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Uber Stueber: Darien’s biggest recruit makes it official with Michigan

Uber Stueber: Darien’s biggest recruit makes it official with Michigan

By Steven Buono

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Senior Andrew Stueber signs letter of intent for Michigan football at school today.

FOOTBALL

He’s Darien’s biggest signing day recruit. In so many ways.

You just got an offer from Michigan, and you just sat down with Jim Harbaugh. You come home and you want to tell everybody in the world? Not Stueber.

— Rob Trifone

“From the day I met Andrew Stueber, I knew that he had the potential to be a major college recruit,” said Darien football coach Rob Trifone of the 6-6, 300 pound tackle that lorded over the line of scrimmage the past seasons and is bound to continue doing so with Michigan in seasons to come, signing his letter of intent at Darien High Wednesday. “However you never know how a young teenager is going to develop.”

From Wave football, seniors Quinn Fay, Brian Keating — and Finlay Collins for lacrosse — made clear their college intents today as well.

(Coaches, players and parents of Darien High athletes who signed letters of intent this school year are encouraged to notify the Sports Department here at sports@darientimes.com in order to get your due)

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Andrew Stueber stalks his prey at the 2016 state final. Courtesy Darien Athletic Foundation.

“He’ll remember this,” Trifone recounted. “At the end of his freshman football season I invited (him and) his mom to come to my room. And this was my one question: ‘Do you (Andrew) want to pursue playing Division I football? Yes or no?’ And the answer was immediately yes.”

There was a price to pay, but the price was right.

“Because if you don’t,” Trifone had told Stueber, “then I am not going to be all over you if you miss a weight room session. But if you want to play, then I am going to be all over you.”

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Quinn Fay makes his way to Tufts in the fall.

Result: Stueber was all over the opposition, to a rare degree for a high school player in the state, culminating in his big day hovering over that piece of paper in front of him.

“Let me know now,” added Trifone. “And the immediate answer was yes. And I’ll tell you what. That kid from that day forward worked his tail off.”

Lots of players opposite him might have thought that the last thing they saw was the tail of Godzilla raking over them, after Stueber had left them ground into the turf.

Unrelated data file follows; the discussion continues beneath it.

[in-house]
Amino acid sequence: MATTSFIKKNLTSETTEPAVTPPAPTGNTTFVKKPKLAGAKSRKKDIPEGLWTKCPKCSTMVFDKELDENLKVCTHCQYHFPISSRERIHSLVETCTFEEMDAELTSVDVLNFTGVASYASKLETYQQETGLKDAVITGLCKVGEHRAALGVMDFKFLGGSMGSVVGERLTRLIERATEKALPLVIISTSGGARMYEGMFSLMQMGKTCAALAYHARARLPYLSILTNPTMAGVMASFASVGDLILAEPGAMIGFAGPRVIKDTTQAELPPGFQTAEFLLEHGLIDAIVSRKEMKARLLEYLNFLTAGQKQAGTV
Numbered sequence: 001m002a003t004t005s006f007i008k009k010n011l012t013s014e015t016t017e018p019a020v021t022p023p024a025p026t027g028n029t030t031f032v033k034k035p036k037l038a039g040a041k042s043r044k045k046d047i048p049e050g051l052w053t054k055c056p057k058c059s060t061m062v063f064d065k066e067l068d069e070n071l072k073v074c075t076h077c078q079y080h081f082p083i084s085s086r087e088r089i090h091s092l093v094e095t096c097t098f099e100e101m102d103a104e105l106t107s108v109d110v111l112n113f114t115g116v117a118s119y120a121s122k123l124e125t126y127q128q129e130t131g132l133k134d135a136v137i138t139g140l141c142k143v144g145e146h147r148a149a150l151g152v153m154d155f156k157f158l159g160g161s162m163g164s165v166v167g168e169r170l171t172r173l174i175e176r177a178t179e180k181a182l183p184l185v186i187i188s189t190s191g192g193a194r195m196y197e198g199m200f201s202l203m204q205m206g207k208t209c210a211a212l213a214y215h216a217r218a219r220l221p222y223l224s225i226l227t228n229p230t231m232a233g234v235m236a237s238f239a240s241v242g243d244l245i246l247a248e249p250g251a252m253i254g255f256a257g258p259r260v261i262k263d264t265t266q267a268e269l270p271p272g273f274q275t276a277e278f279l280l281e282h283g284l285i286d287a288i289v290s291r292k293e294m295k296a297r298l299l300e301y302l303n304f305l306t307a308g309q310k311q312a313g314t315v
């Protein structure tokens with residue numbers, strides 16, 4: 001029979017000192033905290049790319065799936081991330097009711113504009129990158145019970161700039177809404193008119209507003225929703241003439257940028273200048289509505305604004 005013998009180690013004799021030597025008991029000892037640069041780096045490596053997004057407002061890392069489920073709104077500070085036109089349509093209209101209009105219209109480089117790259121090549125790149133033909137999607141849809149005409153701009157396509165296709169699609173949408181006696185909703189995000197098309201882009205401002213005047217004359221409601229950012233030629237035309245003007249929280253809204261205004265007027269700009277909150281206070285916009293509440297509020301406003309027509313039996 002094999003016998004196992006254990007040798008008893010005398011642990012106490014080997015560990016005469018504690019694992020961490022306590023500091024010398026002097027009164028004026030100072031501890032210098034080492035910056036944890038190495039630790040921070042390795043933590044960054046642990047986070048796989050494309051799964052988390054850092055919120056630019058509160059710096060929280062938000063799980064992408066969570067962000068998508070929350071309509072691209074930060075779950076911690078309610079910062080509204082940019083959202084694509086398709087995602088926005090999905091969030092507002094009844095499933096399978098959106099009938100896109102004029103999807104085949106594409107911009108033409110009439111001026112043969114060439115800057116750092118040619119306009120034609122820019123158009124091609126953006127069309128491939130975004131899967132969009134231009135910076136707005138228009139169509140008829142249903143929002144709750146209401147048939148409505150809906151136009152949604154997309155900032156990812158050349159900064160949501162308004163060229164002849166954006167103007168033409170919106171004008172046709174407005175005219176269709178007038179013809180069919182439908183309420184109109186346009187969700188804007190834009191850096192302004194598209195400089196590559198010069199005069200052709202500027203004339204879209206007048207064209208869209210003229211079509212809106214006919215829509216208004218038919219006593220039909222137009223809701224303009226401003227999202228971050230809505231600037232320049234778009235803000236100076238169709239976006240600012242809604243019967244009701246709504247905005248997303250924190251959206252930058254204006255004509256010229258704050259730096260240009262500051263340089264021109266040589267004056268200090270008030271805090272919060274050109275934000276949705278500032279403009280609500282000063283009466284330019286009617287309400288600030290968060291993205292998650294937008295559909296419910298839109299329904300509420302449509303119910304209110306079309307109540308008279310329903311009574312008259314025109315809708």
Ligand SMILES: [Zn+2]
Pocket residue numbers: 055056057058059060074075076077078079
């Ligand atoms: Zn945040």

But it is his human traits, optimum for his position on the line that counted for as much as his will.

“Yes, I know he was genetically blessed with 6-6 and 290-plus, so that’s genetics,” said Trifone. “But the rest of it, is all hard work. And I am very proud of him.”

Stueber had over 25 offers.

“And obviously from some great schools: Penn State, Boston College, Syracuse, North Carolina, Virginia; you name it,” Trifone said. “Just about every big name on the east coast offered him a scholarship.”

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Finlay Collins, joined by his parents above, will opt for Penn lacrosse.

Michigan had spoken to Stueber, but seeing was still believing.

“They wanted to see him on campus,” recalled Trifone. “In other words they wanted to bring him on campus and see if he was the real deal in person.”

On June 17, one Saturday after school let out, Stueber flew out to Michigan for a one-day skills lineman camp, as many colleges hold.

There were five different agility/speed drills, with shuttle run, 40-yard dash and such.

“I don’t know how many linemen, but there were a lot of recruits there,” Trifone said. “Stueber wins first place, four out of five events.”

Trifone’s phone rang late in the afternoon.

“And it’s (Michigan coach) Jim Harbaugh,” said Trifone. “And he quickly introduces himself, and he says, ‘coach I am sitting next to your big tackle here, and he’s got a grin ear to ear.’”

Those ears had just absorbed the words “full scholarship.”

“And (Harbaugh) said, ‘you have to let me know, Coach Trifone, what we need to do to make sure that Andrew comes here, and not somewhere else.’”

In the back of his mind, Trifone knew there was nowhere else.

“But it wasn’t my place to say, ‘Oh yeah coach, he’ll go’” Trifone said. “So instead I said to Harbaugh, alright coach, well when he returns to Conn. I’ll sit down with him and we’ll discuss his options…”

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Brian Keating has UConn on his mind.

Harbaugh continued his pitch.

“He said, Michigan has this to offer and that to offer, you know, and I am smiling at my end knowing that the kid is going to pick Michigan. But again, I can’t make the decision for him.”

Upon return to Darien, indeed, the decision was already made.

“He said, ‘coach, this is where I want to go.’”

Stueber didn’t get out the megaphone just yet.

“You just got an offer from Michigan, and you just sat down with Jim Harbaugh,” said Trifone. “You come home and you want to tell everybody in the world?”

Not Stueber.

“What he immediately said was, ‘coach, I don’t want to say anything about this offer until I call every single coach that has offered me a full scholarship, and tell them first,’” Trifone said. “‘Because I don’t want them to find out through social media.’

“This is how he handled it. How mature is that kid?”

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